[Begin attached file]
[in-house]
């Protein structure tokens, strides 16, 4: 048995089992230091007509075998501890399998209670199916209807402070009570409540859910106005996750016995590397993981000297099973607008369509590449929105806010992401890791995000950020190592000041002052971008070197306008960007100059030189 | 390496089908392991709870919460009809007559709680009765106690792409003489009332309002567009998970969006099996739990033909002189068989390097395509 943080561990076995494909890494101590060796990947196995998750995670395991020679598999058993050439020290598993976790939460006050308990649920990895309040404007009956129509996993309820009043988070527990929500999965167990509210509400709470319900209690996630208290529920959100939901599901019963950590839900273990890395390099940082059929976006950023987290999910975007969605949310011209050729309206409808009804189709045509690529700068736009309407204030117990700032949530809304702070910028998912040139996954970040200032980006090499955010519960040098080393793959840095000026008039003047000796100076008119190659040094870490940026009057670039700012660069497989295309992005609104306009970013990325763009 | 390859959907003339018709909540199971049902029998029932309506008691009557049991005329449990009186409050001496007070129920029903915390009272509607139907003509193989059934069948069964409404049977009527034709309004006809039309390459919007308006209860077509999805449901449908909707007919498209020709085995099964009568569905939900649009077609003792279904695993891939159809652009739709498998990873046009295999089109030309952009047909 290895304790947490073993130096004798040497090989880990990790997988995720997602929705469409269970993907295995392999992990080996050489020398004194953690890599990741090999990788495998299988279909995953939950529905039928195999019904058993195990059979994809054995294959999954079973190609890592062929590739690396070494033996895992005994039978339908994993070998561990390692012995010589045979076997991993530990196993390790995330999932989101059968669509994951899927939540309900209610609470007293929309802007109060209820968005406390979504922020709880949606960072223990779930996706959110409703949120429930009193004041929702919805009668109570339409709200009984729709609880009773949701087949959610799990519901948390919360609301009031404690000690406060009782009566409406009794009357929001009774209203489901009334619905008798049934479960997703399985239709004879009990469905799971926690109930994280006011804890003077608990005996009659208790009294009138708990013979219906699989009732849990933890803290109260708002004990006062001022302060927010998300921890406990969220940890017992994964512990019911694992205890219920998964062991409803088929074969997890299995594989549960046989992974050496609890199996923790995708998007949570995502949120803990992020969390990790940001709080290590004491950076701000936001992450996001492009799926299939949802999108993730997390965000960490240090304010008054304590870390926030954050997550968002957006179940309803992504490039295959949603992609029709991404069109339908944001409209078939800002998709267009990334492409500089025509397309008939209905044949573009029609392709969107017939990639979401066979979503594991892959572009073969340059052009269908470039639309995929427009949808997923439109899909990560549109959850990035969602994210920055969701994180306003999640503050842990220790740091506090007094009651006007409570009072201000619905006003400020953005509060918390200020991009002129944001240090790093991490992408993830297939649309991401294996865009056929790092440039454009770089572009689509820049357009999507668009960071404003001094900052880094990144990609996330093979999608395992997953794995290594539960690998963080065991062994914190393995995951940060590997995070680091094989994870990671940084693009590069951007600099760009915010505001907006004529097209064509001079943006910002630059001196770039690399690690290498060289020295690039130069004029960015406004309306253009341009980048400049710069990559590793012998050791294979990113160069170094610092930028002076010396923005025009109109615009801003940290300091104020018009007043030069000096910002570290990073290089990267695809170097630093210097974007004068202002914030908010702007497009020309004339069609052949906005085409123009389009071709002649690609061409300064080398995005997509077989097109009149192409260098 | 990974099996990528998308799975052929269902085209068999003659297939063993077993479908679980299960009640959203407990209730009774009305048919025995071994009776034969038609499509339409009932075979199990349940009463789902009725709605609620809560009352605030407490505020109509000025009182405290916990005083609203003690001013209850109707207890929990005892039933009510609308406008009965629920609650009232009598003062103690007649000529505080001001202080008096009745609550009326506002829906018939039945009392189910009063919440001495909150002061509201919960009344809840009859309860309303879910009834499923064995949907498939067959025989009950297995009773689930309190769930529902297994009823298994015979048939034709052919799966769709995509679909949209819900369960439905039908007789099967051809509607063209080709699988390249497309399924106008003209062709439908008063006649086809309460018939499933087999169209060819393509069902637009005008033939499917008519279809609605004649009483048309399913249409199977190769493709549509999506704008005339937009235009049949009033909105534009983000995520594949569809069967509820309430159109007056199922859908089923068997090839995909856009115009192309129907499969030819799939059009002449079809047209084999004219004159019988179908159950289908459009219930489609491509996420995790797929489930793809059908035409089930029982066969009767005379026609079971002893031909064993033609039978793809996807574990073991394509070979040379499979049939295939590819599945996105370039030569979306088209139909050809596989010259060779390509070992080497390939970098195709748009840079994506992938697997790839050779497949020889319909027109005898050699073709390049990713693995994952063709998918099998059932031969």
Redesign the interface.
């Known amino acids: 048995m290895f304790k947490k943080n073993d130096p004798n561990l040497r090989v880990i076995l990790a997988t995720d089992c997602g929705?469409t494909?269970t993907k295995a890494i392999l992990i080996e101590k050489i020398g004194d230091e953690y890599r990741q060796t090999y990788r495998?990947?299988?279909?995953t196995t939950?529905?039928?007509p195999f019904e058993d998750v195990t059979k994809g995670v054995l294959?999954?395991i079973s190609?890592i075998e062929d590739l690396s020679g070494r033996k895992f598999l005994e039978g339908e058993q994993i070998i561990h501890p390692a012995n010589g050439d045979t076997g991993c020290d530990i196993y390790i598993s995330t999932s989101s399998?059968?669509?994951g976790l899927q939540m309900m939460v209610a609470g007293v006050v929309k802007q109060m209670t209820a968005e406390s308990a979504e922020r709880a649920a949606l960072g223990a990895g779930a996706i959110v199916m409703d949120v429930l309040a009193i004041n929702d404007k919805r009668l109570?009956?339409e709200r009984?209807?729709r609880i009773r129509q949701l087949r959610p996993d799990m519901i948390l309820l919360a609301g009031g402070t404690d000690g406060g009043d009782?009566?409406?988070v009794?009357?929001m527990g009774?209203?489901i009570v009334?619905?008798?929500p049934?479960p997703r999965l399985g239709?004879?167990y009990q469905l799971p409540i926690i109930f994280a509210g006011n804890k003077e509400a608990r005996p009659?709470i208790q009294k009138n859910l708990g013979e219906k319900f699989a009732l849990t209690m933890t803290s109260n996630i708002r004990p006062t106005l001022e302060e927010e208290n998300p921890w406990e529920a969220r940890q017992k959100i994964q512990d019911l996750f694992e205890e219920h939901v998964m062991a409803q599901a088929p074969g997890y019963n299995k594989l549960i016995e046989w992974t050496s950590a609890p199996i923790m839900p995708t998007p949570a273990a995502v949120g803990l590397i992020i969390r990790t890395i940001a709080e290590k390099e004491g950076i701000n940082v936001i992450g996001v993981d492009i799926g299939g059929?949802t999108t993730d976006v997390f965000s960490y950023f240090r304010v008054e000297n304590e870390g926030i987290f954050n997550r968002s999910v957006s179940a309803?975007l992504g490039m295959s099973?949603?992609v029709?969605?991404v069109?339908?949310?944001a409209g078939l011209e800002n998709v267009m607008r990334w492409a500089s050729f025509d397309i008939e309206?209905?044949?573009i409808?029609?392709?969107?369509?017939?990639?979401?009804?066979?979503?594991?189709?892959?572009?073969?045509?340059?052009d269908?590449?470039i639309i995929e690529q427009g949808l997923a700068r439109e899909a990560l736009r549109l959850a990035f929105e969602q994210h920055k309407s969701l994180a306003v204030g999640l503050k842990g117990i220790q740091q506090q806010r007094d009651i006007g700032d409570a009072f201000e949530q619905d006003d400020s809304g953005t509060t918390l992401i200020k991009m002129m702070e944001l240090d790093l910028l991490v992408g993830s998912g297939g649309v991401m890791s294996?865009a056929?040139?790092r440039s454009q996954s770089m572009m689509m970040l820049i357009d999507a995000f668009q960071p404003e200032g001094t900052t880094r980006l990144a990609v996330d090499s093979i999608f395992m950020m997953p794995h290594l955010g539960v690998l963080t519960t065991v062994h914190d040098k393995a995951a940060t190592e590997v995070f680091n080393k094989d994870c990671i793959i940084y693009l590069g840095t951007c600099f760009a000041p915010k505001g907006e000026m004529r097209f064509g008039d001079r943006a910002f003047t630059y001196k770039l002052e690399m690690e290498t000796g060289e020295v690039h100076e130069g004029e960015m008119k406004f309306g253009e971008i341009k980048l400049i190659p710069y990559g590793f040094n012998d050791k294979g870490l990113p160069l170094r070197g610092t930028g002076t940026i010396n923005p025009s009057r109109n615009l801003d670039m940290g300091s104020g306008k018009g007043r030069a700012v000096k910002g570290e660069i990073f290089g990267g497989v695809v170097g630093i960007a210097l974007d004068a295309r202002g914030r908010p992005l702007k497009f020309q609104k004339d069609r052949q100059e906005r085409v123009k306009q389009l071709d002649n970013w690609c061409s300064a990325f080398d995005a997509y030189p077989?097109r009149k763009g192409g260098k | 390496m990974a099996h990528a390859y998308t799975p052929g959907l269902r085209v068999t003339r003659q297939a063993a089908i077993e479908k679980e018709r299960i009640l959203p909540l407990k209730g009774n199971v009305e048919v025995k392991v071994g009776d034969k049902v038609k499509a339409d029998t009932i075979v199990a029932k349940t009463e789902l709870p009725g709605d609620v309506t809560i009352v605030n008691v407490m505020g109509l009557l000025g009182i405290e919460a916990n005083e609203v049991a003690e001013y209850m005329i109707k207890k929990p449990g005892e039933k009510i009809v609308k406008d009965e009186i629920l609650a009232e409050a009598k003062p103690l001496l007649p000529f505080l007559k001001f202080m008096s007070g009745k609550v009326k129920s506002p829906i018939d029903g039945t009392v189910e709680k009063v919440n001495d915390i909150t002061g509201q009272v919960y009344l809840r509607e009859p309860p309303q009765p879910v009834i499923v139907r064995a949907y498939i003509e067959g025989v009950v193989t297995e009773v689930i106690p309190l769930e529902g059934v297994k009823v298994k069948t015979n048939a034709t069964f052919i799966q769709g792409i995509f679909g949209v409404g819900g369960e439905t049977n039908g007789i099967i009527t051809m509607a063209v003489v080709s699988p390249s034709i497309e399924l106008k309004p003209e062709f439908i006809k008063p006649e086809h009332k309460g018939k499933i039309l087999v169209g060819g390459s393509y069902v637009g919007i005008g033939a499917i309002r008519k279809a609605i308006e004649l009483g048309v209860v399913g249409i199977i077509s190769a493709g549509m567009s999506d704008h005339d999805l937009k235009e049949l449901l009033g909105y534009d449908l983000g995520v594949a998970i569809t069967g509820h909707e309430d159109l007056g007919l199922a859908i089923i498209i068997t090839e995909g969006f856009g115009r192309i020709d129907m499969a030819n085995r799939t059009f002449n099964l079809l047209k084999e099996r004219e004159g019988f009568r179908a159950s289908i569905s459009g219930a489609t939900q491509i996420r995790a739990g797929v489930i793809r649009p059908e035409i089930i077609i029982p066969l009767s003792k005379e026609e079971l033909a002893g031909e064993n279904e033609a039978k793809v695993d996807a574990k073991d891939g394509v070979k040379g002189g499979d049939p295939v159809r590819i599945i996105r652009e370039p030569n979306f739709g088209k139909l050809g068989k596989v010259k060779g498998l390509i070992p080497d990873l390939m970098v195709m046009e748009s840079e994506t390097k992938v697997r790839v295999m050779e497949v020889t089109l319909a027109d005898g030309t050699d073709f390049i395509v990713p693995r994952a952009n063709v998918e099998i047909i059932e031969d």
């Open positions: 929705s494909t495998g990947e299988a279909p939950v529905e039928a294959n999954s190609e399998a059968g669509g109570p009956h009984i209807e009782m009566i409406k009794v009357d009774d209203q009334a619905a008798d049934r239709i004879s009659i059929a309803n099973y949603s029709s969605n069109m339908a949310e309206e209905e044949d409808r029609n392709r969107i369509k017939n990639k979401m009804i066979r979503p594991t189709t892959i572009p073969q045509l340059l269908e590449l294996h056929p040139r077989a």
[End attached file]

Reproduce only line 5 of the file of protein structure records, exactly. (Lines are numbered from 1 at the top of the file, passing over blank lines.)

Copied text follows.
């Open positions: 929705s494909t495998g990947e299988a279909p939950v529905e039928a294959n999954s190609e399998a059968g669509g109570p009956h009984i209807e009782m009566i409406k009794v009357d009774d209203q009334a619905a008798d049934r239709i004879s009659i059929a309803n099973y949603s029709s969605n069109m339908a949310e309206e209905e044949d409808r029609n392709r969107i369509k017939n990639k979401m009804i066979r979503p594991t189709t892959i572009p073969q045509l340059l269908e590449l294996h056929p040139r077989a």